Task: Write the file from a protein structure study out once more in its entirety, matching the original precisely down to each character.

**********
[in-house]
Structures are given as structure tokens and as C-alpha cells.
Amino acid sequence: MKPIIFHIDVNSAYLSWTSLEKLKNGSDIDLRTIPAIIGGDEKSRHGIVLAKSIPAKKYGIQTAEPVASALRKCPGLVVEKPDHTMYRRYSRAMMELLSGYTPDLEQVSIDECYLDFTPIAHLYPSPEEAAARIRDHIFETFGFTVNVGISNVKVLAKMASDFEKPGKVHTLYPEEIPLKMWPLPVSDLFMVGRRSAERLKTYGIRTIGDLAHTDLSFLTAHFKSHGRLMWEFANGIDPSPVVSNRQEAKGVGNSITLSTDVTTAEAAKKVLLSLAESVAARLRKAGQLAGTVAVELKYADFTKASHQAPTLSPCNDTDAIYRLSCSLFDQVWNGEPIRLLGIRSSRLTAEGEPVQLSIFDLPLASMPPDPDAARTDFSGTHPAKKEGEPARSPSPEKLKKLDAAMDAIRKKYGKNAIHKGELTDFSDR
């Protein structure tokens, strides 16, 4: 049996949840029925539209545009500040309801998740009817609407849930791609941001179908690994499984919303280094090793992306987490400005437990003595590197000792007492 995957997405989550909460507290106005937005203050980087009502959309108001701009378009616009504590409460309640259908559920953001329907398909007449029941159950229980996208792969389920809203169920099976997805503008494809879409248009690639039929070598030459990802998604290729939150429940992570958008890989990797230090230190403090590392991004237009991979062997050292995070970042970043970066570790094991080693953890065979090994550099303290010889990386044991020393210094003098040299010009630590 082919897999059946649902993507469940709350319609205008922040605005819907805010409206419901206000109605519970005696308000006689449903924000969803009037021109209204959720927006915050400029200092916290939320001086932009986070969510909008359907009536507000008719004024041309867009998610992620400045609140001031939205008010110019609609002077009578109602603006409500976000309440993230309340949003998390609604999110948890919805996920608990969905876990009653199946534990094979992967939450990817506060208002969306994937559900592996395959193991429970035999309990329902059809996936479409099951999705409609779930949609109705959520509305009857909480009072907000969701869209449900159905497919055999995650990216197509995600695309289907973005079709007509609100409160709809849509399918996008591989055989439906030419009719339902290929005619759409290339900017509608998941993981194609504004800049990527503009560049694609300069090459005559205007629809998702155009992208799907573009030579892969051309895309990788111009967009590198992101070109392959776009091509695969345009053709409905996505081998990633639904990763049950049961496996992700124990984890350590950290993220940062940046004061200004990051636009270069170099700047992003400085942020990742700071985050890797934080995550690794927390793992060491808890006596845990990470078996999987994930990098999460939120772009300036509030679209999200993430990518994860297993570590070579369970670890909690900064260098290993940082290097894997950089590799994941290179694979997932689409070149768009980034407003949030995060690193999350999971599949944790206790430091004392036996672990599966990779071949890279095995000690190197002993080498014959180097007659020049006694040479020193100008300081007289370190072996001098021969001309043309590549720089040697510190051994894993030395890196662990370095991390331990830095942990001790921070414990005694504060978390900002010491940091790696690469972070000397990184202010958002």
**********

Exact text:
[in-house]
Structures are given as structure tokens and as C-alpha cells.
Amino acid sequence: MKPIIFHIDVNSAYLSWTSLEKLKNGSDIDLRTIPAIIGGDEKSRHGIVLAKSIPAKKYGIQTAEPVASALRKCPGLVVEKPDHTMYRRYSRAMMELLSGYTPDLEQVSIDECYLDFTPIAHLYPSPEEAAARIRDHIFETFGFTVNVGISNVKVLAKMASDFEKPGKVHTLYPEEIPLKMWPLPVSDLFMVGRRSAERLKTYGIRTIGDLAHTDLSFLTAHFKSHGRLMWEFANGIDPSPVVSNRQEAKGVGNSITLSTDVTTAEAAKKVLLSLAESVAARLRKAGQLAGTVAVELKYADFTKASHQAPTLSPCNDTDAIYRLSCSLFDQVWNGEPIRLLGIRSSRLTAEGEPVQLSIFDLPLASMPPDPDAARTDFSGTHPAKKEGEPARSPSPEKLKKLDAAMDAIRKKYGKNAIHKGELTDFSDR
């Protein structure tokens, strides 16, 4: 049996949840029925539209545009500040309801998740009817609407849930791609941001179908690994499984919303280094090793992306987490400005437990003595590197000792007492 995957997405989550909460507290106005937005203050980087009502959309108001701009378009616009504590409460309640259908559920953001329907398909007449029941159950229980996208792969389920809203169920099976997805503008494809879409248009690639039929070598030459990802998604290729939150429940992570958008890989990797230090230190403090590392991004237009991979062997050292995070970042970043970066570790094991080693953890065979090994550099303290010889990386044991020393210094003098040299010009630590 082919897999059946649902993507469940709350319609205008922040605005819907805010409206419901206000109605519970005696308000006689449903924000969803009037021109209204959720927006915050400029200092916290939320001086932009986070969510909008359907009536507000008719004024041309867009998610992620400045609140001031939205008010110019609609002077009578109602603006409500976000309440993230309340949003998390609604999110948890919805996920608990969905876990009653199946534990094979992967939450990817506060208002969306994937559900592996395959193991429970035999309990329902059809996936479409099951999705409609779930949609109705959520509305009857909480009072907000969701869209449900159905497919055999995650990216197509995600695309289907973005079709007509609100409160709809849509399918996008591989055989439906030419009719339902290929005619759409290339900017509608998941993981194609504004800049990527503009560049694609300069090459005559205007629809998702155009992208799907573009030579892969051309895309990788111009967009590198992101070109392959776009091509695969345009053709409905996505081998990633639904990763049950049961496996992700124990984890350590950290993220940062940046004061200004990051636009270069170099700047992003400085942020990742700071985050890797934080995550690794927390793992060491808890006596845990990470078996999987994930990098999460939120772009300036509030679209999200993430990518994860297993570590070579369970670890909690900064260098290993940082290097894997950089590799994941290179694979997932689409070149768009980034407003949030995060690193999350999971599949944790206790430091004392036996672990599966990779071949890279095995000690190197002993080498014959180097007659020049006694040479020193100008300081007289370190072996001098021969001309043309590549720089040697510190051994894993030395890196662990370095991390331990830095942990001790921070414990005694504060978390900002010491940091790696690469972070000397990184202010958002």